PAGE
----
Clock towers at the center of a City is an interesting phenomenon. The fact is that clock towers are a particular form of structure which houses a tower clock and has one or more clock faces on the upper exterior walls. Many clock towers are freestanding structures, but can also adjoin or be located on top of another building. We also see that different clock towers are a common sight in many parts of the world with some being iconic buildings like the Elizabeth Tower in London, commonly known as the Big Ben, which is a tourist hotspot. A few famous clock towers in the world are Philadelphia City Hall, Philadelphia in United States, Makkah Royal Clock Tower Hotel, Mecca in Saudi Arabia, The Prague Astronomical Clock, Prague in Czech Republic, Rathaus-Glockenspiel, Munich in Germany, The Savior Tower, Moscow in Russia, The Zytglogge Tower, Bern in Switzerland, The Peace Tower, Ottawa in Canada, Old Joe, University of Birmingham in United Kingdom and Rajabai Clock Tower, Mumbai in India. The point I’m trying to make is that even though there are many clock towers here in Pakistan, you will never see them being mentioned in the top ten or twenty list. This is our fault as we do not project our heritage the way other countries do.
Though the concept of clock tower originated in the East, it later traveled to other places of the world irrespective of geographical and cultural boundaries. These towers were built to enhance the city sky line and to mark important places. This is an old concept and counted as heritage by the countries, but in Pakistan we have neglected them. Before I jump on to my topic, let me give you an interesting fact that the clock in Salisbury cathedral, England is believed to be the oldest continuously running clock in the world (since 1386 A.D.) Historians tell that the manufacturing of clocks became a successful industry during the 14th and 15th centuries and having a clock tower became a status symbol in main European cities. Apart from Europe and America, today clock towers are seen in sub-continent as well. China, India and the Arabian world also has the clock towers. With the British Raj in the subcontinent the Clock Towers gained importance in the urban landscape of major cities of India and Pakistan. Colleges, town halls, post offices, churches, railway stations were especially decorated with clock towers.
Now let’s come to the clock tower of Sialkot, the city of Allama Iqbal. The Sialkot Clock Tower is also known as Iqbal Square. It is situated in Saddar Bazar, Sialkot cantonment, Pakistan. The Sialkot Clock Tower was built in the 19thcentury by the British. Sheikh Ghulam Qadir and Seth Rai Bahadur laid its foundation stone. Standing tall for more than a century, the tower has witnessed many upheavals, turmoil, seasons of tranquility and revolutions. Historians and the old residents of the area say that there was a Hindu Temple next to the Tower. It was an old Temple and was frequented by many Hindus till 1992 when the riots began in reaction to dismantling of Babri Masjid in Ayodhya, Uttar Pradesh, India. That was the time when the Temple was also pulled down. The Tower of Sialkot was a main attraction for the visitors and being in the center of the city there was a hustle and bustle of the people around it. With the passage of time, the tower started losing its majesty and recently it was renovated. The building of the Tower during restoration was not much changed and thus maintains the original look and feel. This Clock Tower of Sialkot acts like a giant pin, holding the zealous and bustling streets of the main city and the well planned, relatively serene portions of the cantonment area together. Its four clock faces still keep the track of time and the entire city depends upon it for the time.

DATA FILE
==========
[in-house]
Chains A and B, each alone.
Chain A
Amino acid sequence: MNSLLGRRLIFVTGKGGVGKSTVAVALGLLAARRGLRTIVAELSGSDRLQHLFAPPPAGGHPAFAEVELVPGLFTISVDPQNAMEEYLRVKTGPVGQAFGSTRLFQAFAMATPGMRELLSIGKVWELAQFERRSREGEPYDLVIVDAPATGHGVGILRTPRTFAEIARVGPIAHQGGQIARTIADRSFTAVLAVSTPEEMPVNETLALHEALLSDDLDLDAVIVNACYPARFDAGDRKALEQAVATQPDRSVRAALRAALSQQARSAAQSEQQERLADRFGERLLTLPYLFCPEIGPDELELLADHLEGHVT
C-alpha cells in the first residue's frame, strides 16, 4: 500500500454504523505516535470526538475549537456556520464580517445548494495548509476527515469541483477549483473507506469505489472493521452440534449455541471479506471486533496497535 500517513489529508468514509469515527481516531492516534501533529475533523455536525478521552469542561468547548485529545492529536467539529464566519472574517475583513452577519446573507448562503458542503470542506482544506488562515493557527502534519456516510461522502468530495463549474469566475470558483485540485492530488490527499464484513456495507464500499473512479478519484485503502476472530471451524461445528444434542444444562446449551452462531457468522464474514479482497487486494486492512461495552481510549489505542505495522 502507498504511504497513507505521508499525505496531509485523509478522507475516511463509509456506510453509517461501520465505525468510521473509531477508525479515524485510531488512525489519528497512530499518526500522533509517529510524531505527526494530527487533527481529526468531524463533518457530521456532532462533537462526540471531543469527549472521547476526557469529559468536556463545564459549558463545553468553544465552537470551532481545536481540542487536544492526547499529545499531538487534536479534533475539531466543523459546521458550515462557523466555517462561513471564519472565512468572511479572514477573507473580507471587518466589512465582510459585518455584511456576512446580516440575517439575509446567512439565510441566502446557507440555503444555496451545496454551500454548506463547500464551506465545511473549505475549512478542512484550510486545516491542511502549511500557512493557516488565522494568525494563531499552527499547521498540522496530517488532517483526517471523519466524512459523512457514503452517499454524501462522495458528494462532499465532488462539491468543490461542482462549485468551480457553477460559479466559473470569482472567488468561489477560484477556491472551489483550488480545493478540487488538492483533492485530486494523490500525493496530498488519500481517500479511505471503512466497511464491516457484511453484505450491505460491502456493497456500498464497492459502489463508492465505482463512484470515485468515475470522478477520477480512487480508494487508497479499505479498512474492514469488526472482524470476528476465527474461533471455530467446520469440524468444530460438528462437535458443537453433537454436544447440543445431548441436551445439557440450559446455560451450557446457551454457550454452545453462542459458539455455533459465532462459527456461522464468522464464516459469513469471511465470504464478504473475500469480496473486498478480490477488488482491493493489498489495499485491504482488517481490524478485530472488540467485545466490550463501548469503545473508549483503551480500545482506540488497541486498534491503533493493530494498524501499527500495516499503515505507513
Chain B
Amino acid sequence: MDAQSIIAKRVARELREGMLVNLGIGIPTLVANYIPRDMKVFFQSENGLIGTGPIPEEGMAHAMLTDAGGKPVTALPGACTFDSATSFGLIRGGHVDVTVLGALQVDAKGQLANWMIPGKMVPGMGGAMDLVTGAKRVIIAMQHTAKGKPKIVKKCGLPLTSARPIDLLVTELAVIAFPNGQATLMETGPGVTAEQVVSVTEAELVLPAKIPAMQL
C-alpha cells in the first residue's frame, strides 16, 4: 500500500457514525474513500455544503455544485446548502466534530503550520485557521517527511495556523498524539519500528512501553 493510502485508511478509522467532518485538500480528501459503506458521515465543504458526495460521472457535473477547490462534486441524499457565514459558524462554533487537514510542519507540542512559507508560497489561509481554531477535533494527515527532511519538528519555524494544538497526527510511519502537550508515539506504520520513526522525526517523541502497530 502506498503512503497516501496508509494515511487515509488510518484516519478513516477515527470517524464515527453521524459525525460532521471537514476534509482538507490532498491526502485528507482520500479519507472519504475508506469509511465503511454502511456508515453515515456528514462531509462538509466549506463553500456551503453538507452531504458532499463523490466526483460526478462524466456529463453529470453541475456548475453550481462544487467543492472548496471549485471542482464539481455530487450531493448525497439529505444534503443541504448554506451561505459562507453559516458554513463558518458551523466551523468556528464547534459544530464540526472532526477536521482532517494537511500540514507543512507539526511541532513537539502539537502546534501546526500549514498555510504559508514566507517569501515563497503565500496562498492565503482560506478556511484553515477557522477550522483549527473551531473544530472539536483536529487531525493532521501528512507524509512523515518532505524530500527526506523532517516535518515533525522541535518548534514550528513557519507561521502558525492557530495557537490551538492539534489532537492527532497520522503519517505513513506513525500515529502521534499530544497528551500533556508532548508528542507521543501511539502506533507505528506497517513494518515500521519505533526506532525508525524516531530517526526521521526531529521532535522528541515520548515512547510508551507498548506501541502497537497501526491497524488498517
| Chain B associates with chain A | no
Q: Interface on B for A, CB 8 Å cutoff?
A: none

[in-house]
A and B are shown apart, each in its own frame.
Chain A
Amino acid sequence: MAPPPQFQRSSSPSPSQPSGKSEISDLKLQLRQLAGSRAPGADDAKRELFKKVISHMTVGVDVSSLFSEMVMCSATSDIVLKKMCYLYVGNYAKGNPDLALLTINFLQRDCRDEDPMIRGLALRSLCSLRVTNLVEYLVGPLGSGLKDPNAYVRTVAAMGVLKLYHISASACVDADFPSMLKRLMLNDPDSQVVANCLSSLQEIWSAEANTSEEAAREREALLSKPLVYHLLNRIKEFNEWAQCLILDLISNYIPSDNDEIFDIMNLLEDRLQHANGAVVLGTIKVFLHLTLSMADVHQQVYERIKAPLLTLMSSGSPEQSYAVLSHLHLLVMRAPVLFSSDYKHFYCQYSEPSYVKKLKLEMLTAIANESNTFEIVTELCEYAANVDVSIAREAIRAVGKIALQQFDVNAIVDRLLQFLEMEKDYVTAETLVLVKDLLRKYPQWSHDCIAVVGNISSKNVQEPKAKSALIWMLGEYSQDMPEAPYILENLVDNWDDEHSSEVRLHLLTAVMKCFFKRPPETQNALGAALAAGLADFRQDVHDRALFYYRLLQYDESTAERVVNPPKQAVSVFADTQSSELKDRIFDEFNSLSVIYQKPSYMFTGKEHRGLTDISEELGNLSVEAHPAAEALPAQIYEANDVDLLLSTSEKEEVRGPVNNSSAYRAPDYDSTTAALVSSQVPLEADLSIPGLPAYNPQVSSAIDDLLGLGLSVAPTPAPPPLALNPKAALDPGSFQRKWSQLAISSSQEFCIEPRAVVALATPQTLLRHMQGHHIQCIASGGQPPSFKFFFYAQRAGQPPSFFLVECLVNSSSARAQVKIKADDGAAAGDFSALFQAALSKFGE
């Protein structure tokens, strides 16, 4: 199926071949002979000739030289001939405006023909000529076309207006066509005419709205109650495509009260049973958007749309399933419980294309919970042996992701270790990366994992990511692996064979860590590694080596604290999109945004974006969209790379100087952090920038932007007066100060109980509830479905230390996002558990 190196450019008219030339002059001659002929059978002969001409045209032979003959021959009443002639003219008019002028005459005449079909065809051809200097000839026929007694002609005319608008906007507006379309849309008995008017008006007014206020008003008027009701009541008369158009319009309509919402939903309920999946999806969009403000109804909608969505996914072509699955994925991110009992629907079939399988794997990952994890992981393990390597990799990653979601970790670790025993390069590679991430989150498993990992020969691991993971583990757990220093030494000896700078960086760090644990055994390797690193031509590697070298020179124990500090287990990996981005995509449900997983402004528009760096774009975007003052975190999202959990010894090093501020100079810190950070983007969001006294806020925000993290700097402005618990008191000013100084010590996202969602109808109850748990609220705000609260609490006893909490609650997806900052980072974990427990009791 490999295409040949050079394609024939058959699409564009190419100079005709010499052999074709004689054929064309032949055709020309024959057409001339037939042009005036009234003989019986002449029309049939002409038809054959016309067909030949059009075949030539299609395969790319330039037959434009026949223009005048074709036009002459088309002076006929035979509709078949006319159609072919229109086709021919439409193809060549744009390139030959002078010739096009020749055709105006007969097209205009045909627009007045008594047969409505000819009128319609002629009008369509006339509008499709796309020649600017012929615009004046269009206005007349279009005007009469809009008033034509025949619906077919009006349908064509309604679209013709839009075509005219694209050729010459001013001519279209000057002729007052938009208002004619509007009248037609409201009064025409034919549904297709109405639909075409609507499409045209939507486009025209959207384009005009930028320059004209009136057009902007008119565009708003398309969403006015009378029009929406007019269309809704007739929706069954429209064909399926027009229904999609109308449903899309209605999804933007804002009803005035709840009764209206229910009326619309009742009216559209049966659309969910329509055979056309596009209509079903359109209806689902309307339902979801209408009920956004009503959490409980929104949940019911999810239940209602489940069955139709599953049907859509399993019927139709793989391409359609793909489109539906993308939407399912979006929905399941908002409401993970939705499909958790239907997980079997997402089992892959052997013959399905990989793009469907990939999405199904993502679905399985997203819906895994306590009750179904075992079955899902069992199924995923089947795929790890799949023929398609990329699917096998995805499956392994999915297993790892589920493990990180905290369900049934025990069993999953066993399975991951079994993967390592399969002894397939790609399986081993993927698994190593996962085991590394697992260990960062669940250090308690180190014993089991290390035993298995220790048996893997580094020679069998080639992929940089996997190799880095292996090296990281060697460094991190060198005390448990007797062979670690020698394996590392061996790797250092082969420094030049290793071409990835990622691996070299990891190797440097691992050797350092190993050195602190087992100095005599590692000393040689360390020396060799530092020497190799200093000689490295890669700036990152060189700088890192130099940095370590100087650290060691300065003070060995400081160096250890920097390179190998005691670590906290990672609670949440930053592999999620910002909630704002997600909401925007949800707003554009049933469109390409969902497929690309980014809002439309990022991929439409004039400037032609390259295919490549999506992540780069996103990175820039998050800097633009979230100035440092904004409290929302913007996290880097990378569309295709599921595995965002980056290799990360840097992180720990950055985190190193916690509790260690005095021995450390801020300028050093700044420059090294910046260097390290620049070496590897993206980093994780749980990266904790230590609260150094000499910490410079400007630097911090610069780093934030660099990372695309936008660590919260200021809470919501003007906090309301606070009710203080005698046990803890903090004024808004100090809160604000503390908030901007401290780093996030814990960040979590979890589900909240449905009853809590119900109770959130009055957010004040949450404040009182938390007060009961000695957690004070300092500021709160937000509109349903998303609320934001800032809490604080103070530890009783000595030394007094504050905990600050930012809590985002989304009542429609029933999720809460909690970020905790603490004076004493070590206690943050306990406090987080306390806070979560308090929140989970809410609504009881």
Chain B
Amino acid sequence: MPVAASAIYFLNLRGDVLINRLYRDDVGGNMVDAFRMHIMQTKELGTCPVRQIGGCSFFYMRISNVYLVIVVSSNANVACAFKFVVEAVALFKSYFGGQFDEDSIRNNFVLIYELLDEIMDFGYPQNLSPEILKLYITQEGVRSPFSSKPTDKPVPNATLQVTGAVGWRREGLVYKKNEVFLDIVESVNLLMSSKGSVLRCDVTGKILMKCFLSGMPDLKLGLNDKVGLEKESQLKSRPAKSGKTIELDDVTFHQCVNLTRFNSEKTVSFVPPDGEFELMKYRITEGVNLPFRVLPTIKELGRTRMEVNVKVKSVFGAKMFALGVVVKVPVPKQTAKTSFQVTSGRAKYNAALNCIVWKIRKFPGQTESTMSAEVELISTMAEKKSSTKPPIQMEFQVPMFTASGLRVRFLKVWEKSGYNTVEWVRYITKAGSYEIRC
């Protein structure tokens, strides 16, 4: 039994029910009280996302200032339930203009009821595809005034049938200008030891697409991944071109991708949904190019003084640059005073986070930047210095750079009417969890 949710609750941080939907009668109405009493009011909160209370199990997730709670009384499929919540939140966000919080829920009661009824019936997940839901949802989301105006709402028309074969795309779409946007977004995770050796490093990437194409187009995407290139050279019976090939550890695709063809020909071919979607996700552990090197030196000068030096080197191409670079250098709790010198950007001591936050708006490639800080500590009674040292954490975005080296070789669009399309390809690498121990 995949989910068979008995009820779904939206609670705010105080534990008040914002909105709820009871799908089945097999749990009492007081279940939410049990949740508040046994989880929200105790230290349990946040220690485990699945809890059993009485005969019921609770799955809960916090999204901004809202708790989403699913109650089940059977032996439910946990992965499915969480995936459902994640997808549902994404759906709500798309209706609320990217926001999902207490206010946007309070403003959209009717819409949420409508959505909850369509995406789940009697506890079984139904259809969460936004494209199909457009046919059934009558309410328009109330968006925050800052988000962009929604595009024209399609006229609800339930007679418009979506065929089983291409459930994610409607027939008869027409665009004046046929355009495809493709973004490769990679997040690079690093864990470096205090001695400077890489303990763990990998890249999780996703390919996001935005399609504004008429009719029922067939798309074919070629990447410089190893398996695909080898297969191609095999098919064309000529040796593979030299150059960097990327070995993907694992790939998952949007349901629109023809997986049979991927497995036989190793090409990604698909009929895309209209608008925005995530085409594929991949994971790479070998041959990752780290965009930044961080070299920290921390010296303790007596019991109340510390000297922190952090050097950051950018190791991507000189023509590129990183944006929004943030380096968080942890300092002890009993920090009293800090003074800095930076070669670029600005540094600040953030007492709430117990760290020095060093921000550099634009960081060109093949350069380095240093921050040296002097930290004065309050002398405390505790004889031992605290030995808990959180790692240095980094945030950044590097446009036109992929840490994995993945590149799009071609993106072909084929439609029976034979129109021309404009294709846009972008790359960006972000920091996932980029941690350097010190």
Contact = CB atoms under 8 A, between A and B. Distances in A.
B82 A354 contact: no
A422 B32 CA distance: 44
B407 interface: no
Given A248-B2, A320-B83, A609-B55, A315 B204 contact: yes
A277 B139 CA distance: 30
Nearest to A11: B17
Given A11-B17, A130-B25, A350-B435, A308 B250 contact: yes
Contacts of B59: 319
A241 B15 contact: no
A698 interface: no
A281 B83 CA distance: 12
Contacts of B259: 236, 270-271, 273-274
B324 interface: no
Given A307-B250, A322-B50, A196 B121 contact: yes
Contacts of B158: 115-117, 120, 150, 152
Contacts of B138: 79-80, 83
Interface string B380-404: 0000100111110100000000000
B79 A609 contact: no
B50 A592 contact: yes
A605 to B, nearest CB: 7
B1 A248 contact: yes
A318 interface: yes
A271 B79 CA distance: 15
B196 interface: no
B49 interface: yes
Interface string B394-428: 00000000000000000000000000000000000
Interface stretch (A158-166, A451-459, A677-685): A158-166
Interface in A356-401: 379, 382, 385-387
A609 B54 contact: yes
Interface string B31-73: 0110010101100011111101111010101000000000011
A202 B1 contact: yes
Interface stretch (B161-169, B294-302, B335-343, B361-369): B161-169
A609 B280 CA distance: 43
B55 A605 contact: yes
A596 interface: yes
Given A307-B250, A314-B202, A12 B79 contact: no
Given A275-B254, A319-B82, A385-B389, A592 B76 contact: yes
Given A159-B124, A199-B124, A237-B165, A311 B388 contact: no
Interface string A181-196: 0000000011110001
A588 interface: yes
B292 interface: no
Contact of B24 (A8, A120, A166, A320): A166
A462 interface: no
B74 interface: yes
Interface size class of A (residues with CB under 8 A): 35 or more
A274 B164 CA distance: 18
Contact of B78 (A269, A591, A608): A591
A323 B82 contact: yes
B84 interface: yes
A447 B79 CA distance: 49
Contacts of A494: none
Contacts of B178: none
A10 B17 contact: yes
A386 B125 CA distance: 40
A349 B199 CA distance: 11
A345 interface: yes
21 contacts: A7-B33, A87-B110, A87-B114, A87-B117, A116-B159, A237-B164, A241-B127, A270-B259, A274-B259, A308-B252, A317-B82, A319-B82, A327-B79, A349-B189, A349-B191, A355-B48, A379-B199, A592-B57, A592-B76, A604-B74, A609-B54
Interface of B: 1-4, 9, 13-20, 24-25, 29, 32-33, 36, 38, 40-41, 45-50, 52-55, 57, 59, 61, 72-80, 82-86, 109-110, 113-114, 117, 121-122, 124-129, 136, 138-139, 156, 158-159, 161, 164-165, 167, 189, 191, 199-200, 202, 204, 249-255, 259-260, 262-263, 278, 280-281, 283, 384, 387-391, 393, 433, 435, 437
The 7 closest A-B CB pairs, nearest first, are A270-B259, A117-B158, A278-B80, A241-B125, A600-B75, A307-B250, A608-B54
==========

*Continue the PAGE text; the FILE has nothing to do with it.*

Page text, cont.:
In the tall tower, a huge clock is installed at the top and bells ring every hour. It is a commendable piece of art and architecture, keeping the name of Iqbal and Sialkot up above. After Isha prayer, people start gathering around this tower. They sit there, chat, have drinks, smoke, laugh like anything in typical Sialkoti style and this treat continues till late at night. Small shops and eateries have opened up around the tower to keep people busy and happy. These days the trend of selfies around it has also increased as I could see many people taking selfies with the tower in the background.
Let me tell you a little about Sialkot which is known to be the 12th populous city of Pakistan. It is renowned all over the world for producing top of the line surgical products and sports goods. Like other small cities, Sialkot has contributed a lot to the Pakistan’s economy and in my opinion it has a lot to offer more than we can imagine, it just needs the right marketing. Sialkot was once famous for the manufacture of damascene ware (metal decorated with patterns) and paper; its modern industries include flour and cotton mills and the production of sporting goods. Historians say that it was founded by Raja Sala, uncle of the Paṇḍavas of the epic Mahabharata, and re-founded by Raja Salivahan in the time of Vikramaditya; it may be the site of ancient Sakala (Sagul), capital of the Indo-Greek Menander (Milinda) and Mihirakula the Hun. Sialkot was the birthplace of the poet-philosopher Allama Iqbal and houses several shrines, including that of the first Sikh guru, Nanak.
I think that this city needs to be highlighted as a tourist spot and a tourism department should be assigned the task of tourism management. The dilemma with our heritage and cities is that we neglect it in terms of tourism and projection. Tours should be organized to the industries located in Sialkot especially the sports goods. Our government should be adopting latest marketing tools and technology for the promotion of such heritage cities and sites.